MFA founder, William Hirth, leveled his pen and wrote with fire
Update: Cold weather and increasingly thin patience from state and city officials have dampened the OWS movement since we first wrote this article for the magazine, but we expect more fun in the election year upcoming.
The Occupy Wall Street demonstrations survived its first test of mettle when a snow storm hit the eastern United States in late October. Members of the movement continued their rancor as the snow melted and temperatures rose in November. Whether the mob has thinned by the time you read this is more prognostication than the editors of a monthly magazine are willing to chance. But one thing is certain as tomorrow: Wall Street has been the target for malcontents through the ages.
While today’s occupiers have been peaceful for the most part, their dissatisfaction with what Wall Street represents brings to mind a much less peaceful incident. On Sept. 16, 1920, unidentified bombers killed 40 people and wounded 300 more with an improvised bomb consisting of dynamite and window weights. While no one was arrested for that attack, after years of investigation, the most likely suspicions pointed at Italian anarchists—acting out of revenge for three of their cohorts being indicted for murder.
Historically, the flag of anarchy has been hoisted among disaffected radicals. While the Wall Street bombing of 1920 was never truly resolved, anarchists had been at work in the United States and Europe in the preceding years, and, indeed, decades. Their activity ranged from peaceful to explosively violent. Anarchy being a general term, it was (and is today) difficult to describe. But if you want it from Webster, anarchy goes like this: “a utopian society of individuals who enjoy complete freedom without government.” We leave to you the delightful contradiction of the fact that labor unions and socialists of MFA founder William Hirth’s time had a family tree heavy with anarchist vines.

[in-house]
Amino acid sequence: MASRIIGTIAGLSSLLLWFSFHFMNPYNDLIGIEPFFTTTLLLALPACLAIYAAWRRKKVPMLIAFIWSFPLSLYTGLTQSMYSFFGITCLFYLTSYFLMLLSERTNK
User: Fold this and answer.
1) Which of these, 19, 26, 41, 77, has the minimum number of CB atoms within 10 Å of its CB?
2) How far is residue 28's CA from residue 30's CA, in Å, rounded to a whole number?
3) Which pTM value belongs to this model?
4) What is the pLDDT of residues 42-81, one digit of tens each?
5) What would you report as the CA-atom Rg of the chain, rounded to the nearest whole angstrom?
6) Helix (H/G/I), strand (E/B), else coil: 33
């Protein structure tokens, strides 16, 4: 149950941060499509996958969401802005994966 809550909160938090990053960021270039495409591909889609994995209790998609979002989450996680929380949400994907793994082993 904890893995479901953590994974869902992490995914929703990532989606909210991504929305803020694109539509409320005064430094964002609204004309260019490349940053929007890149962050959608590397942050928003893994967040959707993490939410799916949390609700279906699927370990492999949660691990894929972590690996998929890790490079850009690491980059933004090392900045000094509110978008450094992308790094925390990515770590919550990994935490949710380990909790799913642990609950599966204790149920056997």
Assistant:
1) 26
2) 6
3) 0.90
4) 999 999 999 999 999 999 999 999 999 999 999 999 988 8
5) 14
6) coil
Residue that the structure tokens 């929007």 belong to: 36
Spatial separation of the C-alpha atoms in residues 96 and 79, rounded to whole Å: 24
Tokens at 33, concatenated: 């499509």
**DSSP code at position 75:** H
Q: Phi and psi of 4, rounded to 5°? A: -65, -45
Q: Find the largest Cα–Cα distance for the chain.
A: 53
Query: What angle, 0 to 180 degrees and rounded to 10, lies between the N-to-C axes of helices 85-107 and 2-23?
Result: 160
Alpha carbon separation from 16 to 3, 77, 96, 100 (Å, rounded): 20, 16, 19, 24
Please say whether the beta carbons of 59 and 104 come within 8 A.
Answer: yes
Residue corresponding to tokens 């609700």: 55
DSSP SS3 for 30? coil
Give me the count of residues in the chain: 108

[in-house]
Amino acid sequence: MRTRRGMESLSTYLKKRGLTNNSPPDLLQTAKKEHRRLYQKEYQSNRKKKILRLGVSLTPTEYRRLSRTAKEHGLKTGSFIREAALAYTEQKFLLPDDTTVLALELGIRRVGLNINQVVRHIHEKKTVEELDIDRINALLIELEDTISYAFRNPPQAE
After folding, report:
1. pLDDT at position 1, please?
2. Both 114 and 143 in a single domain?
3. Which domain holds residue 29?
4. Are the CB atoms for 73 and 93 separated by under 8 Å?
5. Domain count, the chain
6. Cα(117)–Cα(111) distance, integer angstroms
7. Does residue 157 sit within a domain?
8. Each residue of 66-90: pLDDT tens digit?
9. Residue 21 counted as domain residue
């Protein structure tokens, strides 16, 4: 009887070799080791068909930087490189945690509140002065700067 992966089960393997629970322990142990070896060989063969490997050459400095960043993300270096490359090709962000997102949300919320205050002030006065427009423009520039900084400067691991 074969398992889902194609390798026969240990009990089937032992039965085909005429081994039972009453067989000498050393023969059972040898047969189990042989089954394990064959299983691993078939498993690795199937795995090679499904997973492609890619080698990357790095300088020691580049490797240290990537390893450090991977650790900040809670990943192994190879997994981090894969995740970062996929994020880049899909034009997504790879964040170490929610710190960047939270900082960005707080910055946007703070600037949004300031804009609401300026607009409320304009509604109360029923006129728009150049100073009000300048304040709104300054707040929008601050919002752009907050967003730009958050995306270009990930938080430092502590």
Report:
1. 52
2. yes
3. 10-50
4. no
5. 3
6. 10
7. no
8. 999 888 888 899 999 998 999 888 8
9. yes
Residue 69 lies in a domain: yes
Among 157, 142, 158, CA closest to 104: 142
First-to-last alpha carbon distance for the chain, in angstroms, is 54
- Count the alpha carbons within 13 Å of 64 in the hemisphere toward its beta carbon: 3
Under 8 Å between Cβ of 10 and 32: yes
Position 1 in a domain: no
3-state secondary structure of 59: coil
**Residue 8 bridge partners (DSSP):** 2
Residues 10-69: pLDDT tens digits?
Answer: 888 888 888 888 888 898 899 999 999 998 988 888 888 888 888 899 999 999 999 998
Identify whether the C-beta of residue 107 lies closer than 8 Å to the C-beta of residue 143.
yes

And that’s just how Hirth saw it. Just a month after the blast, Hirth took to his beloved paper to send a message. In the October 1920 edition of The Missouri Farmer (Today’s Farmer’s namesake), Hirth’s pen boiled with incredulousness over the bombing:
I have no patience with the impractical dream of the Socialist—a dream which, should it ever come true, would dash to the ground like a broken lamp the divine spark of individual ambition and initiative. Yet where such dreamers come prattling their theories in peace and with an honest smile upon their lips, I would let them chatter away to their hearts content. But for the individual who inherently hates our Country and who would murder and kill in an effort to break down its institutions—to him we owe no more mercy than to the reptile that crawls at our feet. For should the evil prophesy of Macaulay that “some day your
Republic will be destroyed by Huns and Vandals engendered within your own midst,” ever come true, these are the human wolves who will be responsible for such a disaster.
As for those wolves, Hirth had a message to his fellow citizens:
And therefore it is up to us good Americans to get together and destroy the lairs of the foxes and the wolves—remembering meanwhile that we have no quarrel with the balance of society which is as innocent of any wrong against us as were the hapless men and women who chanced to be passing as the infernal machine did its deadly work in Wall Street. And this persuades me to remark that these human mad dogs, these cowardly, slinking, murdering hyenas must be stamped out as we would stamp out so many dens of rattlesnakes—for there is no room for them in the land of Washington and Lincoln.